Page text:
Google Analytics Use Cases

Let’s get down to it - how can you use Google Analytics to your advantage?

There are very obvious answers, such as finding out how much traffic your website is getting, but there can be much more innovative solutions to be had.

All of these scenarios are based on real clients and real situations. They include some marketing key terms including Bounce Rate, Traffic and Referrals. Check out the Glossary if you come across any terms you don't understand.

1. The Pop-Up Scenario

We wanted to implement a pop-up on your website to collect email addresses for our newsletter list. As we all know, pop-ups piss people off. They’re also a very good lead collection tool when used correctly.

To make sure we were walking the fine line between not annoying people but also getting people to fill out our pop-up form, we needed to be able to tell how people are reacting to it.

We implemented a pop-up that required the user to fill out 4 fields, popped up after 5 seconds on site & appeared on all pages of the site.

We found that although we were getting some entries from the form, we checked our traffic and noticed that our bounce rate (the rate at which people enter your site and then immediately leave, without clicking on anything) was now at a scary 80%, up from 40%. This means that an extra 40% of people were leaving the site immediately because the pop-up annoyed them that much.

Additionally, using the traffic data that Google Analytics provided, we could tell that even though the number of entries we were getting from the form seemed OK, it was actually only 2% of our overall sessions. This was not the result we were after!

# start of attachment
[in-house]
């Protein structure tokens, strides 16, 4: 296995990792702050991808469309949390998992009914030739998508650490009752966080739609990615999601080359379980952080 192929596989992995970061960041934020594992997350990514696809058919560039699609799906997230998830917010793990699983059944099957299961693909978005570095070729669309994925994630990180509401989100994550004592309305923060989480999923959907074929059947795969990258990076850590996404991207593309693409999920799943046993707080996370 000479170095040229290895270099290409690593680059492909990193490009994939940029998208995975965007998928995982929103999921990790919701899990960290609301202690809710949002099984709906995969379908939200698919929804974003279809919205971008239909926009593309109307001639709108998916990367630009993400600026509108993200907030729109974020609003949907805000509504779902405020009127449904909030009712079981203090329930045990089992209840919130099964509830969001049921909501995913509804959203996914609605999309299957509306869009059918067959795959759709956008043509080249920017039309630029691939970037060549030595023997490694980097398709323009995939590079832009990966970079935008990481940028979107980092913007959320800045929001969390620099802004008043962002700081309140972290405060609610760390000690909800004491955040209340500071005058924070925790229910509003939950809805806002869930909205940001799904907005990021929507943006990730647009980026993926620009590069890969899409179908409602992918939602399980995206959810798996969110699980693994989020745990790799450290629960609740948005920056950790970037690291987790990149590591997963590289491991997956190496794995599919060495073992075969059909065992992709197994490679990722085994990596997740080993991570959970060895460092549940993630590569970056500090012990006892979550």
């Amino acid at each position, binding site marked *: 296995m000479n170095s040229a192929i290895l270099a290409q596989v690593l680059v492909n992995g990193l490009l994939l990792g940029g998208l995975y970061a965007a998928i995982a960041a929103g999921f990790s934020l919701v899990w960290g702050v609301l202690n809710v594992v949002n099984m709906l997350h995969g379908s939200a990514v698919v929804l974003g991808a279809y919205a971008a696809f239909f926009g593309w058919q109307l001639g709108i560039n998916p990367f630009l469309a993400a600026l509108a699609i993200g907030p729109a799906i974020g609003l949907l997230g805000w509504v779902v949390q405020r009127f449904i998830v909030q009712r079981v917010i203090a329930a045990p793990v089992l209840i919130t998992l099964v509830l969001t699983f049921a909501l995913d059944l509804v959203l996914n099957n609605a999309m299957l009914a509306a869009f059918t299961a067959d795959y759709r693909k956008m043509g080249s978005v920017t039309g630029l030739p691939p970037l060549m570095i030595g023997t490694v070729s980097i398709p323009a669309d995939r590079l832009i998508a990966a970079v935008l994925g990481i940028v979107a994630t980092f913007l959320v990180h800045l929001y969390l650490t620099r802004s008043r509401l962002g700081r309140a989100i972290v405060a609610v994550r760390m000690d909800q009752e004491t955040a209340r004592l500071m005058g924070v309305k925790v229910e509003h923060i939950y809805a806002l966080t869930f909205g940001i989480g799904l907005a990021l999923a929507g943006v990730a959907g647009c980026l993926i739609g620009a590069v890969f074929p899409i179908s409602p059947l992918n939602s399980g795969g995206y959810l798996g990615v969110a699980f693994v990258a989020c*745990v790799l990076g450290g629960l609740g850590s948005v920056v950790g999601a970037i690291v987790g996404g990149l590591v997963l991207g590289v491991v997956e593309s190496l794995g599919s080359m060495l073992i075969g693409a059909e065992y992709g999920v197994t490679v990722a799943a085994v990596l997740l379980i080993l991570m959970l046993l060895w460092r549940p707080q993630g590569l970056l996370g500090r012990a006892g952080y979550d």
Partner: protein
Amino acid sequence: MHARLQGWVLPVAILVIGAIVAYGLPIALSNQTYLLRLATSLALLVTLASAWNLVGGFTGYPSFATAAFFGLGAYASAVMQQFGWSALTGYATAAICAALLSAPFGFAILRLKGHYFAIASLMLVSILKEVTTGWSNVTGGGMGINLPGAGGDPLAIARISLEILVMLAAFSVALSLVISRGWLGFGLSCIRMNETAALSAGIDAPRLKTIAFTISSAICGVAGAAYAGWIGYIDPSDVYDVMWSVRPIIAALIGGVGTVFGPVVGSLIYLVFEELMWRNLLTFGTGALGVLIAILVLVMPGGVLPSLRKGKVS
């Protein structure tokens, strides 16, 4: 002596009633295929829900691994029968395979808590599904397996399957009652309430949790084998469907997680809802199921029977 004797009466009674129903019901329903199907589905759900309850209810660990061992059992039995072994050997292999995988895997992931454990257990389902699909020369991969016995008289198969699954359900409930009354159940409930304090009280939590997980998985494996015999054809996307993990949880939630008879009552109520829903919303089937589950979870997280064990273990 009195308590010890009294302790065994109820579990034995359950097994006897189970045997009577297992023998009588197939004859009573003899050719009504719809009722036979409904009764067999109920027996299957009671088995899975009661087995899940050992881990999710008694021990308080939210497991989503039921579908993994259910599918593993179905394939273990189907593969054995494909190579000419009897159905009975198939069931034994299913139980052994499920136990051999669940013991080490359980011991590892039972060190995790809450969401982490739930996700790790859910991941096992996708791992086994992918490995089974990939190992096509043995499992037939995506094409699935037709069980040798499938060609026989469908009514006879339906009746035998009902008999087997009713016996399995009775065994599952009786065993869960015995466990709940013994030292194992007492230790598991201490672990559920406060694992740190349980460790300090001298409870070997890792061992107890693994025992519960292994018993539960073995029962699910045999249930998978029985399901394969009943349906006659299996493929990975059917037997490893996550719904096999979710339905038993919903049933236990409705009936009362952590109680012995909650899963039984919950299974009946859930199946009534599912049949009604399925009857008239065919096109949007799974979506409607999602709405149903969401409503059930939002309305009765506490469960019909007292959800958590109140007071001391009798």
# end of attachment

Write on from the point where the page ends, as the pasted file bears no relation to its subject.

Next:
We used Google Analytics to tweak the pop-up various times and to check the results, finally landing on a 50% bounce rate and a 7% pop-up completion rate. This was the happiest medium we found, where people were only a little pissed off at the pop-up and filled it out at a much higher rate.

2. The Non-Existent Page Scenario

For any website that I work on regularly, I keep a close eye on their Analytics.

During a routine check of high traffic URLs, I noticed one URL that I had never seen before was in the top 5. Fluctuations in traffic aren’t usually that extreme so it warranted investigation. I clicked through to the link and it was a 404 (page missing error)!

I brought this up with the team that managed the marketing for this brand, and it turned out we had a campaign running and it was directing traffic to this broken page by accident - somebody had added an extra letter to the link!